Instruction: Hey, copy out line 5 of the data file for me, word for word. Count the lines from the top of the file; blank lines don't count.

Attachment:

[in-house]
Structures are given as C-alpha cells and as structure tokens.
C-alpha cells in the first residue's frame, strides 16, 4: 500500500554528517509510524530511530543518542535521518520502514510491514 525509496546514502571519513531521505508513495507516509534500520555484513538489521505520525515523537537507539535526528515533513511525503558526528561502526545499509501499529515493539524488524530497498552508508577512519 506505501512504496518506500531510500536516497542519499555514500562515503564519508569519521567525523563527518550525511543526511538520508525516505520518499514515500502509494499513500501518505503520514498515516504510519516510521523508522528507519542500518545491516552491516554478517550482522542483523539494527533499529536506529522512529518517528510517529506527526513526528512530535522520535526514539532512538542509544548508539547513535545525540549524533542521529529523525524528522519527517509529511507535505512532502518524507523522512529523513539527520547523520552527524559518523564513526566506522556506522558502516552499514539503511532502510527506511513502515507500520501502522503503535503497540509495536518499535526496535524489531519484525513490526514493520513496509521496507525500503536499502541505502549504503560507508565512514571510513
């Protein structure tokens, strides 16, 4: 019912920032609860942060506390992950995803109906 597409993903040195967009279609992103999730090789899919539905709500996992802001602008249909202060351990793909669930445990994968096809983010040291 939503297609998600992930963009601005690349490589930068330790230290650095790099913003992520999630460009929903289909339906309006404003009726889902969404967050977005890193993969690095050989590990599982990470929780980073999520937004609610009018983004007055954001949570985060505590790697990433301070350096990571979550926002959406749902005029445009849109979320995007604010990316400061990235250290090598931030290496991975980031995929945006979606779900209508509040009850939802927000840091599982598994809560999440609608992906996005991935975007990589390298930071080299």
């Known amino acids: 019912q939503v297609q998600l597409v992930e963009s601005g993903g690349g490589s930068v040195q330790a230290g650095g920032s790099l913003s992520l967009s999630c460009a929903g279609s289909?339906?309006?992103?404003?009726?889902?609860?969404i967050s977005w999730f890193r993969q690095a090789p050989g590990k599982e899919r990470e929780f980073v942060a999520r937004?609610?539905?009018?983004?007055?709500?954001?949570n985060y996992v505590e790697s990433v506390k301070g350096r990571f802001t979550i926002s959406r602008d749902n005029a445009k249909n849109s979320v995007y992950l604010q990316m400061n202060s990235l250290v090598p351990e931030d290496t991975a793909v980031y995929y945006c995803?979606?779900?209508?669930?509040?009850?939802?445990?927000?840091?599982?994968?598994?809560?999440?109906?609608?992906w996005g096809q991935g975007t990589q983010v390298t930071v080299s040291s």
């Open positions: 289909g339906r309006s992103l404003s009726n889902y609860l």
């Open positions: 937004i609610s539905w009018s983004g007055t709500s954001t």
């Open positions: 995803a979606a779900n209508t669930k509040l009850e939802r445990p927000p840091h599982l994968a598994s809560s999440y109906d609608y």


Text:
């Known amino acids: 019912q939503v297609q998600l597409v992930e963009s601005g993903g690349g490589s930068v040195q330790a230290g650095g920032s790099l913003s992520l967009s999630c460009a929903g279609s289909?339906?309006?992103?404003?009726?889902?609860?969404i967050s977005w999730f890193r993969q690095a090789p050989g590990k599982e899919r990470e929780f980073v942060a999520r937004?609610?539905?009018?983004?007055?709500?954001?949570n985060y996992v505590e790697s990433v506390k301070g350096r990571f802001t979550i926002s959406r602008d749902n005029a445009k249909n849109s979320v995007y992950l604010q990316m400061n202060s990235l250290v090598p351990e931030d290496t991975a793909v980031y995929y945006c995803?979606?779900?209508?669930?509040?009850?939802?445990?927000?840091?599982?994968?598994?809560?999440?109906?609608?992906w996005g096809q991935g975007t990589q983010v390298t930071v080299s040291s």